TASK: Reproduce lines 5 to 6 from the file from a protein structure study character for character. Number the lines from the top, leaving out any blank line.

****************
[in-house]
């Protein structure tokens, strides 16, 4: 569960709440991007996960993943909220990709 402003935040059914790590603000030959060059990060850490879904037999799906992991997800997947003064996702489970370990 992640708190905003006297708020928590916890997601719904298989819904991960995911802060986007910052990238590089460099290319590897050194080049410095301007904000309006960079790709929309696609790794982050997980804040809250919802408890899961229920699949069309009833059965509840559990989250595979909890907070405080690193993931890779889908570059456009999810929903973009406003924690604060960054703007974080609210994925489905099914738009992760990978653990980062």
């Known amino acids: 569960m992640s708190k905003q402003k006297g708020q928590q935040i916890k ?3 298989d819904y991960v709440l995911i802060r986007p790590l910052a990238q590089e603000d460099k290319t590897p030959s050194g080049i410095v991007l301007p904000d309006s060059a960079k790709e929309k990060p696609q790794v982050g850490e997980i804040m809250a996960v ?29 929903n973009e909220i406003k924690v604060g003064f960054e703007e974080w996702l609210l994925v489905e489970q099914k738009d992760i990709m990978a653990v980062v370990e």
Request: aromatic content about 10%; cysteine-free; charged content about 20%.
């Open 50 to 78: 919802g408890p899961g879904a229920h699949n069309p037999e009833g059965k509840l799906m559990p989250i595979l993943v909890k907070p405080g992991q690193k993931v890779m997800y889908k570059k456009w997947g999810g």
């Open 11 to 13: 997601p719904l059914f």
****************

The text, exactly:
């Open 50 to 78: 919802g408890p899961g879904a229920h699949n069309p037999e009833g059965k509840l799906m559990p989250i595979l993943v909890k907070p405080g992991q690193k993931v890779m997800y889908k570059k456009w997947g999810g």
């Open 11 to 13: 997601p719904l059914f």